Gov. Parris N. Glendening's $50 million plan to improve reading and math scores by hiring more than 1,000 extra teachers found objection in an unexpected corner of the State House yesterday: the very school districts that need the aid the most.
The governor's bill, which was presented to a House of Delegates committee yesterday and will be heard in the Senate today, offers money to shrink class sizes around the state, but would withhold some funds from districts that fail to reduce their ranks of uncertified teachers.
"Jurisdictions that could benefit the most from a program like this end up being penalized," said Del. Obie Patterson, a Prince George's Democrat. "That's not reasonable."
Patterson's sentiments were echoed by several delegates from Prince George's County and Baltimore, two jurisdictions where schools suffer a list of woes, including the state's lowest test scores, high drop-out rates and difficulty attracting certified teachers.
Of the roughly 1,000 new teachers in Baltimore this year, 60 percent lacked full certification.
Representatives from the two districts rapped an otherwise popular -- if expensive -- proposal. The bill to reduce class size is seen as a major plank in the governor's education reform program, and it mirrors an effort under way in Montgomery County and elsewhere in the nation.
Under the plan, the state would pay for 425 new teachers statewide in 2001 and 1,250 by 2004. The hiring would target first- and second-grade reading classes and seventh-grade math instruction.
The bill would require that the first hiring be done in the neediest schools of each district and would provide an additional pool of $3 million to pay for books, supplies and other costs that might crop up as class sizes are pared.
What prompted concern among several members of the House Ways and Means Committee was a paragraph in the bill that says any district failing to cut the number of uncertified teachers to 2 percent by 2003 would lose a portion of its funds.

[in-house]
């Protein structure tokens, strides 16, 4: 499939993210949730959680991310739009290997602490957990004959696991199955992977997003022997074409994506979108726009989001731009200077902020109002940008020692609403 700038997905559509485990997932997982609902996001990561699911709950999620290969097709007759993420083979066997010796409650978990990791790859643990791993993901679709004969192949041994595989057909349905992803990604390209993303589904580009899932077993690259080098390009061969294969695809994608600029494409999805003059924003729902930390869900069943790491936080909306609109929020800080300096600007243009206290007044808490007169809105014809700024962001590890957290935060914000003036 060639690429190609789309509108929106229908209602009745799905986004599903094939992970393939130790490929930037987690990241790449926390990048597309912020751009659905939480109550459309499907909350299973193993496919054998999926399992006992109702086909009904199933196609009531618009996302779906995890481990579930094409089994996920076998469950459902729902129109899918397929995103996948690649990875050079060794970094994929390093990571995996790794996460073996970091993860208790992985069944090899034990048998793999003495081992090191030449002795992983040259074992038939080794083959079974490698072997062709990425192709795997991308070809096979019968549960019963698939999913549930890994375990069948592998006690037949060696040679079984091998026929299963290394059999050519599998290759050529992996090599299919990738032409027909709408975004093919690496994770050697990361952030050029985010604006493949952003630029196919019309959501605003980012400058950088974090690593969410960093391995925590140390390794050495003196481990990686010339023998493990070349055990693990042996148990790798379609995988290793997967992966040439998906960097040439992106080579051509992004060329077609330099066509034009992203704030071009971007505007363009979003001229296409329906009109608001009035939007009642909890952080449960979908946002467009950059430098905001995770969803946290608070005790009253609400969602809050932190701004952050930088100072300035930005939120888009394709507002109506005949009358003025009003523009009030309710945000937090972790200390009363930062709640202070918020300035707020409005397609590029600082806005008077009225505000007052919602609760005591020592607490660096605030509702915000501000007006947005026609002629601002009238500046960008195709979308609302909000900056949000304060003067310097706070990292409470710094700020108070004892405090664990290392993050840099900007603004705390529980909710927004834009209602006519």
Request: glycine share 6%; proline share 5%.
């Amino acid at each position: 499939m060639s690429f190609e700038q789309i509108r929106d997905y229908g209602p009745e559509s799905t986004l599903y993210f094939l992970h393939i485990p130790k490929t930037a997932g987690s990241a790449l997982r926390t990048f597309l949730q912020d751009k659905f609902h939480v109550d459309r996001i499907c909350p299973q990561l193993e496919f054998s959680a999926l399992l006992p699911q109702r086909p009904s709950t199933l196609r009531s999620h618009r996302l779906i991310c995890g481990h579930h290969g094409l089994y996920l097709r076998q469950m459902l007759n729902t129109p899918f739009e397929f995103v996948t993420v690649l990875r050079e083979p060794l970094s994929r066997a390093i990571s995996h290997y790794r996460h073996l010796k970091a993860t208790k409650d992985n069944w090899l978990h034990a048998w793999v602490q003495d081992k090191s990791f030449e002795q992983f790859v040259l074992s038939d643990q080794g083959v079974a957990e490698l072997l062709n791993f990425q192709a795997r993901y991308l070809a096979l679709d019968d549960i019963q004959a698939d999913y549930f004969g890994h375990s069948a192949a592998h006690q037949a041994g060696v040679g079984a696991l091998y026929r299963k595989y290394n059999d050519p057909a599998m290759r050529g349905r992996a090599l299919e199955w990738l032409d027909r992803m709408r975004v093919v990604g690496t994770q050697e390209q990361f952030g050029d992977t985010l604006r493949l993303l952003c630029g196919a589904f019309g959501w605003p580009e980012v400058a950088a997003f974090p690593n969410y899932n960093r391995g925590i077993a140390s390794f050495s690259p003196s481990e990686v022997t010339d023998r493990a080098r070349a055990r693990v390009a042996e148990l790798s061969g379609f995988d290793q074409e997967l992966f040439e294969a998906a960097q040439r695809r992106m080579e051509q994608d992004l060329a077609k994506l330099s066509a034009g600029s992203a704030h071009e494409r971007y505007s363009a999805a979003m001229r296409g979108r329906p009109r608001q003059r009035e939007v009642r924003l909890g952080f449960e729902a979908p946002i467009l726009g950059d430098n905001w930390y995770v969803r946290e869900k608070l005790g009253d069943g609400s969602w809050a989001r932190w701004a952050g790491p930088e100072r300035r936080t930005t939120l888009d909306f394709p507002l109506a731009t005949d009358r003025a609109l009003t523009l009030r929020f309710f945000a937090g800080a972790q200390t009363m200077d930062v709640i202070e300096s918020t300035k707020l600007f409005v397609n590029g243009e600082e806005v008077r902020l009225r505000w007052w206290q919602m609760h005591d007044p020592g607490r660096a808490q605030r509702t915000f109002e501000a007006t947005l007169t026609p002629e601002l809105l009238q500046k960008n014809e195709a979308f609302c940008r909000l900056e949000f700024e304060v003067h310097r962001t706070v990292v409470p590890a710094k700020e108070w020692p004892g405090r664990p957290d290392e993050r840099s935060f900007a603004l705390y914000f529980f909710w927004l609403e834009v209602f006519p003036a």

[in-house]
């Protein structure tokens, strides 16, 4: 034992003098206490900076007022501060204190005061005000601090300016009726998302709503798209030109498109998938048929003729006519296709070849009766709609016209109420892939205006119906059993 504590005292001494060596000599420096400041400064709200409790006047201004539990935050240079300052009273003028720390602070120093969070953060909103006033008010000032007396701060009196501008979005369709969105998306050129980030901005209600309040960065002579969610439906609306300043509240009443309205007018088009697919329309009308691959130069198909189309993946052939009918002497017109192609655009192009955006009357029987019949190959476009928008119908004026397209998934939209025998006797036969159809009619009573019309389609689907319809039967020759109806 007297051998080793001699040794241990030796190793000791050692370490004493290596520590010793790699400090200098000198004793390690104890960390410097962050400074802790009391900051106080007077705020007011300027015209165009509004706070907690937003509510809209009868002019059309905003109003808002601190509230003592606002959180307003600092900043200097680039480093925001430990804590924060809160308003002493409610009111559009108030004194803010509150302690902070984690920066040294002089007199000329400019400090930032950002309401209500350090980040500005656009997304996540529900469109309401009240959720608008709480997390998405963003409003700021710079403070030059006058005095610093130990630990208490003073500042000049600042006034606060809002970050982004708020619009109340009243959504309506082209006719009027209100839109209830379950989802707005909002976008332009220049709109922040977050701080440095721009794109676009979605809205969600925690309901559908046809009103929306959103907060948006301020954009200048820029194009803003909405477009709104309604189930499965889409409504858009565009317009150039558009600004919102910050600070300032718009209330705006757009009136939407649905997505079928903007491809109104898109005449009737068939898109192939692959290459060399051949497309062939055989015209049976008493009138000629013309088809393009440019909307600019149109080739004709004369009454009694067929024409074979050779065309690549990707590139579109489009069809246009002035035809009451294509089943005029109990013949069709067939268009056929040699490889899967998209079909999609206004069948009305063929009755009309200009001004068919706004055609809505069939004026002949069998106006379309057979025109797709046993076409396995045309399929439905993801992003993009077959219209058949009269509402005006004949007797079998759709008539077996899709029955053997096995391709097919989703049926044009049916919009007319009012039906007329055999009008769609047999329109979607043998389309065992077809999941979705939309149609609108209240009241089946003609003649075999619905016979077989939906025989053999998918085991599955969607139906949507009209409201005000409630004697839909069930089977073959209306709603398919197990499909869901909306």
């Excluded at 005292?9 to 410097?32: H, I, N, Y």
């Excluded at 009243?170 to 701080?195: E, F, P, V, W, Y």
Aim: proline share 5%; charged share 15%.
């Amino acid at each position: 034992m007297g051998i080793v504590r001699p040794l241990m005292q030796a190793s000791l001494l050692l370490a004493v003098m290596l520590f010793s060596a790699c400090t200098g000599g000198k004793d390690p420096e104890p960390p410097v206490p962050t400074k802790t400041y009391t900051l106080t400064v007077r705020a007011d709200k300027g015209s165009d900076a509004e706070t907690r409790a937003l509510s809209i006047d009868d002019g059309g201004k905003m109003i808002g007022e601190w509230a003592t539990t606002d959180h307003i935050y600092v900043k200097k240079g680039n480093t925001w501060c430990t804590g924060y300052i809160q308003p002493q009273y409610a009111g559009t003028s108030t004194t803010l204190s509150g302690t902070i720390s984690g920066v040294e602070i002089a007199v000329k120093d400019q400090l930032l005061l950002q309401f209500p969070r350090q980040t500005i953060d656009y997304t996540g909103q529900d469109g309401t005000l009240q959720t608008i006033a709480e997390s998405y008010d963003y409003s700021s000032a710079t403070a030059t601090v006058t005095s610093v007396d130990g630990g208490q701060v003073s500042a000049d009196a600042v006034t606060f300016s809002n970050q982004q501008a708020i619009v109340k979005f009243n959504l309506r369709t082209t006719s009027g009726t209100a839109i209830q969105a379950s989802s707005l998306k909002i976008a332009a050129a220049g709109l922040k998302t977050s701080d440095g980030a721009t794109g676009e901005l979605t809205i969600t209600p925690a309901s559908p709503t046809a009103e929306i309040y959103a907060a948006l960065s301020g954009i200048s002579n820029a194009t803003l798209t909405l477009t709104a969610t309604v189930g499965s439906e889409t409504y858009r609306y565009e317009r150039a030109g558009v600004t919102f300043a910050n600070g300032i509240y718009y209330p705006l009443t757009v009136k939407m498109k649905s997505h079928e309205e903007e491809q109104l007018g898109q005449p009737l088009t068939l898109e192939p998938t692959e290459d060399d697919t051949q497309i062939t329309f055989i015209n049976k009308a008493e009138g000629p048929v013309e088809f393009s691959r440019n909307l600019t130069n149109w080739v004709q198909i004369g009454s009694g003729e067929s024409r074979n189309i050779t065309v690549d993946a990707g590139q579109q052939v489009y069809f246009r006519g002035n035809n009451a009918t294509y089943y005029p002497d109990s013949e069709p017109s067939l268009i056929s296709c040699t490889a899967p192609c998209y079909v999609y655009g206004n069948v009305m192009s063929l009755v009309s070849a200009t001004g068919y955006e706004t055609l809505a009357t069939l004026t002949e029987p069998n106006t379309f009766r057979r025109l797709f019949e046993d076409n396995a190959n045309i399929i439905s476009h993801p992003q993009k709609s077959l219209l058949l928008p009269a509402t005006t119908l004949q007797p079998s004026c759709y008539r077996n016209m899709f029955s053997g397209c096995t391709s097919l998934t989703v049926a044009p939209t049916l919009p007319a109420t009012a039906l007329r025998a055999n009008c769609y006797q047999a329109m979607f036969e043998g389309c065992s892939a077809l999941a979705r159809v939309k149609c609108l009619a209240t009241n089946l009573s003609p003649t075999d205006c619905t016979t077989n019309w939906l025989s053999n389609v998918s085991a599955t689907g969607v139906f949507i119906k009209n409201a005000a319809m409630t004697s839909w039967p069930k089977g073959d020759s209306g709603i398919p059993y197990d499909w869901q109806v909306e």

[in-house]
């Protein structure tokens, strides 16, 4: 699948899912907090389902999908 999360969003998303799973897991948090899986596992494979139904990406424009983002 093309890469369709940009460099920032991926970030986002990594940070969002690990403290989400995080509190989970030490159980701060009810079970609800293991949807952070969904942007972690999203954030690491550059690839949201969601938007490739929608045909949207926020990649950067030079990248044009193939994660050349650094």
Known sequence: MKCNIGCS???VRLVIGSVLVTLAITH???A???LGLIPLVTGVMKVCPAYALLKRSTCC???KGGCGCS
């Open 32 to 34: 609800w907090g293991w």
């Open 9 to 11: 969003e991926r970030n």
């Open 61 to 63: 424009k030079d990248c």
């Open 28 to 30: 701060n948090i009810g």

Del. Salima S. Marriott, a Baltimore Democrat, said that provision would punish the districts that are struggling to attract qualified teachers. In Baltimore, 17.4 percent of teachers are not certified.
"We're doing everything we can, but it's a long way from 17 [percent] to 2," Marriott said. "So while other districts grow stronger under this bill, we end up being hurt. And the gulf between the haves and the have-nots grows wider."
The heads of the two districts agreed, urging the committee to eliminate the requirement.
Aides to the governor said they were open to discussing adjustments to the bill but did not want the certification provision cut entirely.
"The governor believes it is absolutely crucial to link teacher certification with the class-size reduction initiative," said Glendening press secretary Ray Feldmann.
Joseph C. Bryce, the governor's chief legislative officer, told delegates that Glendening is working on other fronts to widen the pool of qualified teachers so troubled districts would not be forced to compete with healthier systems for instructors.
He pointed to a proposed scholarship program that would reward education majors with tuition support in exchange for a commitment to teach in Maryland and two smaller scholarship programs that would provide similar incentives to college students nearing graduation. He said Prince George's County received more than $4 million last year aimed at certifying teachers.
Pub Date: 2/24/99